introduces basic concepts in geology and geophysics of the offshore environment. An outline of petroleum geology is presented, following a path from the origins of hydrocarbons through migration in the Earth’s crust, accumulation in reservoirs and the strategies used to discover and to exploit liquids found in the subsurface. Topics include an introduction to the offshore oil and gas industry in harsh environment, type of platforms and structures, exploration phase of offshore oil development, production drilling and completion processes and equipment, and oil and gas transportation system. There are case studies and a project.

PR: completion of Academic Term 5


Process Modelling and Analysis

(same as the former ENGI 5621) is designed to introduce the concepts of process model building and its application in design and process scheduling. It includes fundamentals of process modelling, lumped parameter dynamic models, distributed parameter dynamic models, advanced dynamic model development, application of process models, and computer aided process design. The course will also introduce concepts and applications of process optimization, process flow sheet optimization, process scheduling, and process flexibility analysis.

CR: the former ENGI 5621

LH: 3

PR: ENGI 4621, ENGI 4625


Chemical Reaction Engineering

will cover the fundamentals of chemical kinetics and reaction rate expressions as well as the types of reactors, homogeneous and heterogeneous (catalytic) reactors, and the interrelation between transport phenomena and reaction engineering as it applies to process design. It also includes non-ideal flow, non-ideal reactors, catalytic reaction system, and multiphase reactors.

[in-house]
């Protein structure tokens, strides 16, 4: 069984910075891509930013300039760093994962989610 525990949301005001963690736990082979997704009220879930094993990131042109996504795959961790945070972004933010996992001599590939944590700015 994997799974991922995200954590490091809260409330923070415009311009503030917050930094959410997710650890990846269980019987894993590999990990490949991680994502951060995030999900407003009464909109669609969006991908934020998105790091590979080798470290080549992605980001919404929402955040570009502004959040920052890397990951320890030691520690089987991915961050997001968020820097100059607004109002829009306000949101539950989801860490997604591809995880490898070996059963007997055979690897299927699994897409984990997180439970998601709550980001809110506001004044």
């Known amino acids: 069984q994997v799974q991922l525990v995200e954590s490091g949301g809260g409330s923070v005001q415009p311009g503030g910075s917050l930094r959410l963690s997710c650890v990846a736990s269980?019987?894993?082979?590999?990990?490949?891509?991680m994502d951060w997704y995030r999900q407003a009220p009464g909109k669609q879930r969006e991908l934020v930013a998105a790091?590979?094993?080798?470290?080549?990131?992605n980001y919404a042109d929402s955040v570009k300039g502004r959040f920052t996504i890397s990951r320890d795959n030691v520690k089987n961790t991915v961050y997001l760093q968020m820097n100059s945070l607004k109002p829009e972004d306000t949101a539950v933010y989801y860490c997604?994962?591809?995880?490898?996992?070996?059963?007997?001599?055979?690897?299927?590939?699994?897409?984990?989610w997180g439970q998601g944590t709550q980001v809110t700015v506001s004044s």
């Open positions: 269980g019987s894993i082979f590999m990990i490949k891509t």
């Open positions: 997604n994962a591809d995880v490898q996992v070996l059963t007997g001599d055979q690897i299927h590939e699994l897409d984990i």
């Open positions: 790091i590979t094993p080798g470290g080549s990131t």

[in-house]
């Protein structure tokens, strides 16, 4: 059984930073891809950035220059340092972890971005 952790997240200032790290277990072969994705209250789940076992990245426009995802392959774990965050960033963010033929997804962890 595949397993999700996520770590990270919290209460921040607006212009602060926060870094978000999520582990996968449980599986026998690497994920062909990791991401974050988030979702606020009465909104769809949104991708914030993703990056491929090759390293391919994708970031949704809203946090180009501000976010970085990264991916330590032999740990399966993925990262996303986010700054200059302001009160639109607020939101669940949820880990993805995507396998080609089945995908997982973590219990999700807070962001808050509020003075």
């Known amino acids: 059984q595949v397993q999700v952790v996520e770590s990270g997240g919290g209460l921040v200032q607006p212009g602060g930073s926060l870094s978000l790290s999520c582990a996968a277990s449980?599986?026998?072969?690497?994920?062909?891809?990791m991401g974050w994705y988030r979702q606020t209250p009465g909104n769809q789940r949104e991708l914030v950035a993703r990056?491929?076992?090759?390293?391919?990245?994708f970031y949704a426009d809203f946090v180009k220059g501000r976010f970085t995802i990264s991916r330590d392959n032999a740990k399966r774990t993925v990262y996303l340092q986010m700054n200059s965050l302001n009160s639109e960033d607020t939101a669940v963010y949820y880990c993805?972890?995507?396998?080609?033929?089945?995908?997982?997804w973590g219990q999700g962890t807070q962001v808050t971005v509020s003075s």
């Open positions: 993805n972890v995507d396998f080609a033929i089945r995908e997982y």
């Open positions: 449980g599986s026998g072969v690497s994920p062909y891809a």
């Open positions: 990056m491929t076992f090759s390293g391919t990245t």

LH: at least four 2-hour sessions per semester

PR: ENGI 4621, ENGI 4961 or the former ENGI 5961


Sustainable Engineering in Processing Industries

will introduce students to sustainable development and its application to processing operations. Areas such as traditional economic growth, materials cycles, methods for measuring environmental impact, life cycle analysis, waste treatment technologies and recycling technologies will be covered. In addition, the concept of industrial ecology will be included.

PR: ENGI 4625, ENGI 5601


Process Equipment Design II

will cover design and operation of equilibrium stage separation processes including distillation, extraction, and leaching. It will also cover advanced concept of equipment design such as heterogeneous system, multiphase system, absorption, and adsorption operation and computer assisted design. Course will use HYSIS and other process equipment design tools.

LH: at least four 2-hour sessions per semester

PR: ENGI 5601, ENGI 5671


Structural Analysis I